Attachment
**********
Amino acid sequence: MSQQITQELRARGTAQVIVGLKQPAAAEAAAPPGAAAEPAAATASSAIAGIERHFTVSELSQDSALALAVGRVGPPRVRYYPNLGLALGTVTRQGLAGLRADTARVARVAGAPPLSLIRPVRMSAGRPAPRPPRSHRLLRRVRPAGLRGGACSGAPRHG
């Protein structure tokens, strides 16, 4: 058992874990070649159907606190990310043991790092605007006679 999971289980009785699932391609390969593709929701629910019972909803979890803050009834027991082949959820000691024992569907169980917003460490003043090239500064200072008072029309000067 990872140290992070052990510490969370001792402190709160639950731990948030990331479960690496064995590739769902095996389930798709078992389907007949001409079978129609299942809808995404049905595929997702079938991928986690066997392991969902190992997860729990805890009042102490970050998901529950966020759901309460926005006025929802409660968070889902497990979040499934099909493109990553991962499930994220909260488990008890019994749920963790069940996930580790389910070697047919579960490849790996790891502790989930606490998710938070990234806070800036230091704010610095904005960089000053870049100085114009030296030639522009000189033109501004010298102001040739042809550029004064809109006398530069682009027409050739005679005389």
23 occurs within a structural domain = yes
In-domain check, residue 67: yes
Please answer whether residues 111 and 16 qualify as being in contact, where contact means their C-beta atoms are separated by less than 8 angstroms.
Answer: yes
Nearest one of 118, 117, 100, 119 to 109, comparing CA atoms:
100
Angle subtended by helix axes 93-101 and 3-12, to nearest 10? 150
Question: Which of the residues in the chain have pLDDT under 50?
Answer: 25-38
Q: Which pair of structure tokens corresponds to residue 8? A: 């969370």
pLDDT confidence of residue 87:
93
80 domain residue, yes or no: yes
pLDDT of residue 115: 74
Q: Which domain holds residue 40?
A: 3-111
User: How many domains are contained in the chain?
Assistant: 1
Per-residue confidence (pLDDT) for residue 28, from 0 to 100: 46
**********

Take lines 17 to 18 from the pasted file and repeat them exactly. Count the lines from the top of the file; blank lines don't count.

Q: Which domain holds residue 40?
A: 3-111